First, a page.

The governor also signed into law expanded insurance coverage for breast cancer screenings, a long-needed update of a state property tax rebate for older people, and continued funding for universal free school breakfast.
Otherwise, the list of legislative accomplishments is short. As of Dec. 11, Shapiro had signed into law less than half as many bills as Wolf, his predecessor, did in his first year.
Some of the reasons behind the slow start have little to do with Shapiro.
For the first time in more than a decade, the legislature is divided with Democrats in control of the state House and Republicans in charge of the state Senate — meaning the parties must find common ground to get anything to Shapiro’s desk.
The power change in the lower chamber meant it took a while for the state House to get down to business, while subsequent vacancies have caused the Democratic majority to pump the brakes on action several times.
Combined with new faces in leadership, lawmakers in both chambers have acknowledged a learning curve in cutting deals.
“We are separate branches of this government,” Shapiro said at a news conference in December. “They have a responsibility to govern. And if they can’t figure that out — just pointing fingers at me … may make it a little bit easier for them temporarily, but it doesn’t serve the interests of the good people in Pennsylvania.”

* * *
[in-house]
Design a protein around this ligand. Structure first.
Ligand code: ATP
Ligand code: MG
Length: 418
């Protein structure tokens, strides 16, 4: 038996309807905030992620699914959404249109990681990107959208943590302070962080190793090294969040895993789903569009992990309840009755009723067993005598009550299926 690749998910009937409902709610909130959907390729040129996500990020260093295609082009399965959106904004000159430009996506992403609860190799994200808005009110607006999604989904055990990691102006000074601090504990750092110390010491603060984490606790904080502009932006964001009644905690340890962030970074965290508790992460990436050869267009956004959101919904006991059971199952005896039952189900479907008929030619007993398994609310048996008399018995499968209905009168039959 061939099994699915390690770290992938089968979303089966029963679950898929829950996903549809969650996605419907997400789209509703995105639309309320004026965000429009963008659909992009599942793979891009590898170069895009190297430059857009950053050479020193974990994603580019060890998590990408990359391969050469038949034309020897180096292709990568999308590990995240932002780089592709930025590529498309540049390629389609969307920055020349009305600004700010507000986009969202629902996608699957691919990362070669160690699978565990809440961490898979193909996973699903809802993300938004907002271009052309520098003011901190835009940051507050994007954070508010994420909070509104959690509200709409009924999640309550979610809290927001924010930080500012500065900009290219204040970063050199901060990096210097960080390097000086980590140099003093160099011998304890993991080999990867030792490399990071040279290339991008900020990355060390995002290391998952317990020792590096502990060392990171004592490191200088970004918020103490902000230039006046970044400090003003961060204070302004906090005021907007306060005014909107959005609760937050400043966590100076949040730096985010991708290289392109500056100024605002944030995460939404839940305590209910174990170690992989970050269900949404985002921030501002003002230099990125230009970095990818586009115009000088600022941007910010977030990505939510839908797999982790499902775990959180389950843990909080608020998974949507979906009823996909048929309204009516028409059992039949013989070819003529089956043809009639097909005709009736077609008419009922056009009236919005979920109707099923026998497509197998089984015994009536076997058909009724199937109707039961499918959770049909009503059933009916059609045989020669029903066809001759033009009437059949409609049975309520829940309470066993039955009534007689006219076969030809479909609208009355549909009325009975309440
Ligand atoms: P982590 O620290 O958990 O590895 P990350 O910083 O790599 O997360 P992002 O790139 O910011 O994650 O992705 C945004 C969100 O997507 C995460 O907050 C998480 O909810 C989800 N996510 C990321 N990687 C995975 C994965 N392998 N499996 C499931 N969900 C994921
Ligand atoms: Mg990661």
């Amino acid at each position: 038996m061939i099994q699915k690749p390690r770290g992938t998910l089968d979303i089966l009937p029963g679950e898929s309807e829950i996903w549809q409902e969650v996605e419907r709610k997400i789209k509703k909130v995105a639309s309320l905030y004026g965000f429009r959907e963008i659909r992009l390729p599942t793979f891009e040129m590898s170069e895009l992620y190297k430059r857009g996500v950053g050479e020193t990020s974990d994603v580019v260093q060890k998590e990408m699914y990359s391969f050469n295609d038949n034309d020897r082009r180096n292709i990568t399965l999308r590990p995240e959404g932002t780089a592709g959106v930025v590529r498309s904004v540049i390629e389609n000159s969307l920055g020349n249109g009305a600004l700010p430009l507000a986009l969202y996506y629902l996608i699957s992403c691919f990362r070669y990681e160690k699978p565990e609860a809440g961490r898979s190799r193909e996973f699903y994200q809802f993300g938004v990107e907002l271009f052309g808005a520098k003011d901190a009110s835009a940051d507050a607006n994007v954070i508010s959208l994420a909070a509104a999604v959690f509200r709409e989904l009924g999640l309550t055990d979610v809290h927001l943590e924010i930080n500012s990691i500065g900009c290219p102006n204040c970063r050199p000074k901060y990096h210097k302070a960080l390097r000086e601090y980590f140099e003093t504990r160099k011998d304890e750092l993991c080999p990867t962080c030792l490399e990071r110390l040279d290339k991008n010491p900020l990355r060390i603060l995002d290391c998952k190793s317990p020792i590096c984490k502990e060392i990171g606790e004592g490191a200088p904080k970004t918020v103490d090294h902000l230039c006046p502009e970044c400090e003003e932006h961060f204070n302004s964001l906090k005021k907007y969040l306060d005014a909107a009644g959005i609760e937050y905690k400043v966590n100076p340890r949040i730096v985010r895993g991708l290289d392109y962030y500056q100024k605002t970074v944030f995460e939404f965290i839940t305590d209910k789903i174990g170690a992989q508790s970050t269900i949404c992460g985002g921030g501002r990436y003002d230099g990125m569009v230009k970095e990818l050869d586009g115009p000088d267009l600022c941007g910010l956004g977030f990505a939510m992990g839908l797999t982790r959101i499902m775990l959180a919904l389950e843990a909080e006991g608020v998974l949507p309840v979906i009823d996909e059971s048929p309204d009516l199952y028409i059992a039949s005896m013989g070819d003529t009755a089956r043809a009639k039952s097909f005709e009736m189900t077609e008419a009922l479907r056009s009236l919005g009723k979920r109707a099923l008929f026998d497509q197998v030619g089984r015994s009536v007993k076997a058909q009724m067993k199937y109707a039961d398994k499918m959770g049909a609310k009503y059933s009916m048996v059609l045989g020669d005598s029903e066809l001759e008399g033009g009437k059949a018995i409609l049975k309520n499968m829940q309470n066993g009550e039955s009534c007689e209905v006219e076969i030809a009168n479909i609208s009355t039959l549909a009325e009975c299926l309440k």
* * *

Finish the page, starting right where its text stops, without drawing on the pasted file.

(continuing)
Still, Shapiro did not do himself any favors when his heterodox stance on school vouchers helped kick off a budget impasse.
Shapiro presented his first budget proposal in March, asking lawmakers to extend some pandemic-era social programs and invest an additional $1 billion in education, among other priorities.
While not mentioned in his speech, Shapiro also supports the use of taxpayer money to fund private school vouchers, even listing the issue on his campaign website. Such a stance runs askew of his party and many of its financial backers, including organized labor.
Susan Spicka of the group Education Voters of PA said it was “confounding” that Shapiro made school vouchers the “centerpiece of this entire administration, especially when these are schools that are just flagrantly discriminatory and that really are not offering our children a better option.” She pointed to a report from her organization that found many schools that participate in an existing tax credit for students in low-achieving districts have policies that allow for discrimination against students.